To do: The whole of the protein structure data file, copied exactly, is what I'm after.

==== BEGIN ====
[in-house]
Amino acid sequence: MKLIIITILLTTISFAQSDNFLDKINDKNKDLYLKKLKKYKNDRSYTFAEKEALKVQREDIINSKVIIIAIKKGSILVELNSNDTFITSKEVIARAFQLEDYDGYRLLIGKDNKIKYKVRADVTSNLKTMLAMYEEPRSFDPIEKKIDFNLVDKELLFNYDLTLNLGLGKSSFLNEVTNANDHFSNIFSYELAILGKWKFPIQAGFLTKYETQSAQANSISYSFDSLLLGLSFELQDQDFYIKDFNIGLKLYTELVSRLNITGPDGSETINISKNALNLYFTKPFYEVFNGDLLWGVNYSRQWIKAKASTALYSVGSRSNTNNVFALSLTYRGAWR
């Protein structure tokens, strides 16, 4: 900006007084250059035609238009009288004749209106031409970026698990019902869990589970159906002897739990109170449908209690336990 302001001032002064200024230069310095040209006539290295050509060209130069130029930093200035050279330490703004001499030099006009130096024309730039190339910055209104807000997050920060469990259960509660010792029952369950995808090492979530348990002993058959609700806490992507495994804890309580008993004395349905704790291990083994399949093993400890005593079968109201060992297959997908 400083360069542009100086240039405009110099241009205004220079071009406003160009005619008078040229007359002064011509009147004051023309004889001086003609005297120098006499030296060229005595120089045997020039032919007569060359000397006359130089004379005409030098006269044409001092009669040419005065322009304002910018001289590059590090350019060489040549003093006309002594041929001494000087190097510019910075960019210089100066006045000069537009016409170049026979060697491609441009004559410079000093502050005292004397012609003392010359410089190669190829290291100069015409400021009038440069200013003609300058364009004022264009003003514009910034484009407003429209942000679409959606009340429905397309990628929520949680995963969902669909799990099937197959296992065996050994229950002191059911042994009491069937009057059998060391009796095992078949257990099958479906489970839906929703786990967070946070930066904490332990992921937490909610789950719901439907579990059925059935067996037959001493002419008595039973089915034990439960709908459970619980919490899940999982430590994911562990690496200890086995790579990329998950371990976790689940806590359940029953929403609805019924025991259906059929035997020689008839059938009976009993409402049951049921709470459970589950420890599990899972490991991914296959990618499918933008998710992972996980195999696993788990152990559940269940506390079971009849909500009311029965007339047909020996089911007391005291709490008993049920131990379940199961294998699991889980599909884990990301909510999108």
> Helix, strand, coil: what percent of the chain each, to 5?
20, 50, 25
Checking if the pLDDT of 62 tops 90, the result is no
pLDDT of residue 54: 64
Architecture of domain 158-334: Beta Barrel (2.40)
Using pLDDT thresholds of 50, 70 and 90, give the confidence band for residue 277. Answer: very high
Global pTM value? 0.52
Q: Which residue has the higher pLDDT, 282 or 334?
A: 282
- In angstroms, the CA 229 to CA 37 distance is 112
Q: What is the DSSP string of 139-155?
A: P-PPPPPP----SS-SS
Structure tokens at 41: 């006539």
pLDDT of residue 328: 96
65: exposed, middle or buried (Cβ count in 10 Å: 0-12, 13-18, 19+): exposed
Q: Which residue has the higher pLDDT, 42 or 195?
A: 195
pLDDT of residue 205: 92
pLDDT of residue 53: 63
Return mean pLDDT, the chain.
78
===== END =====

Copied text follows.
[in-house]
Amino acid sequence: MKLIIITILLTTISFAQSDNFLDKINDKNKDLYLKKLKKYKNDRSYTFAEKEALKVQREDIINSKVIIIAIKKGSILVELNSNDTFITSKEVIARAFQLEDYDGYRLLIGKDNKIKYKVRADVTSNLKTMLAMYEEPRSFDPIEKKIDFNLVDKELLFNYDLTLNLGLGKSSFLNEVTNANDHFSNIFSYELAILGKWKFPIQAGFLTKYETQSAQANSISYSFDSLLLGLSFELQDQDFYIKDFNIGLKLYTELVSRLNITGPDGSETINISKNALNLYFTKPFYEVFNGDLLWGVNYSRQWIKAKASTALYSVGSRSNTNNVFALSLTYRGAWR
């Protein structure tokens, strides 16, 4: 900006007084250059035609238009009288004749209106031409970026698990019902869990589970159906002897739990109170449908209690336990 302001001032002064200024230069310095040209006539290295050509060209130069130029930093200035050279330490703004001499030099006009130096024309730039190339910055209104807000997050920060469990259960509660010792029952369950995808090492979530348990002993058959609700806490992507495994804890309580008993004395349905704790291990083994399949093993400890005593079968109201060992297959997908 400083360069542009100086240039405009110099241009205004220079071009406003160009005619008078040229007359002064011509009147004051023309004889001086003609005297120098006499030296060229005595120089045997020039032919007569060359000397006359130089004379005409030098006269044409001092009669040419005065322009304002910018001289590059590090350019060489040549003093006309002594041929001494000087190097510019910075960019210089100066006045000069537009016409170049026979060697491609441009004559410079000093502050005292004397012609003392010359410089190669190829290291100069015409400021009038440069200013003609300058364009004022264009003003514009910034484009407003429209942000679409959606009340429905397309990628929520949680995963969902669909799990099937197959296992065996050994229950002191059911042994009491069937009057059998060391009796095992078949257990099958479906489970839906929703786990967070946070930066904490332990992921937490909610789950719901439907579990059925059935067996037959001493002419008595039973089915034990439960709908459970619980919490899940999982430590994911562990690496200890086995790579990329998950371990976790689940806590359940029953929403609805019924025991259906059929035997020689008839059938009976009993409402049951049921709470459970589950420890599990899972490991991914296959990618499918933008998710992972996980195999696993788990152990559940269940506390079971009849909500009311029965007339047909020996089911007391005291709490008993049920131990379940199961294998699991889980599909884990990301909510999108």
> Helix, strand, coil: what percent of the chain each, to 5?
20, 50, 25
Checking if the pLDDT of 62 tops 90, the result is no
pLDDT of residue 54: 64
Architecture of domain 158-334: Beta Barrel (2.40)
Using pLDDT thresholds of 50, 70 and 90, give the confidence band for residue 277. Answer: very high
Global pTM value? 0.52
Q: Which residue has the higher pLDDT, 282 or 334?
A: 282
- In angstroms, the CA 229 to CA 37 distance is 112
Q: What is the DSSP string of 139-155?
A: P-PPPPPP----SS-SS
Structure tokens at 41: 């006539």
pLDDT of residue 328: 96
65: exposed, middle or buried (Cβ count in 10 Å: 0-12, 13-18, 19+): exposed
Q: Which residue has the higher pLDDT, 42 or 195?
A: 195
pLDDT of residue 205: 92
pLDDT of residue 53: 63
Return mean pLDDT, the chain.
78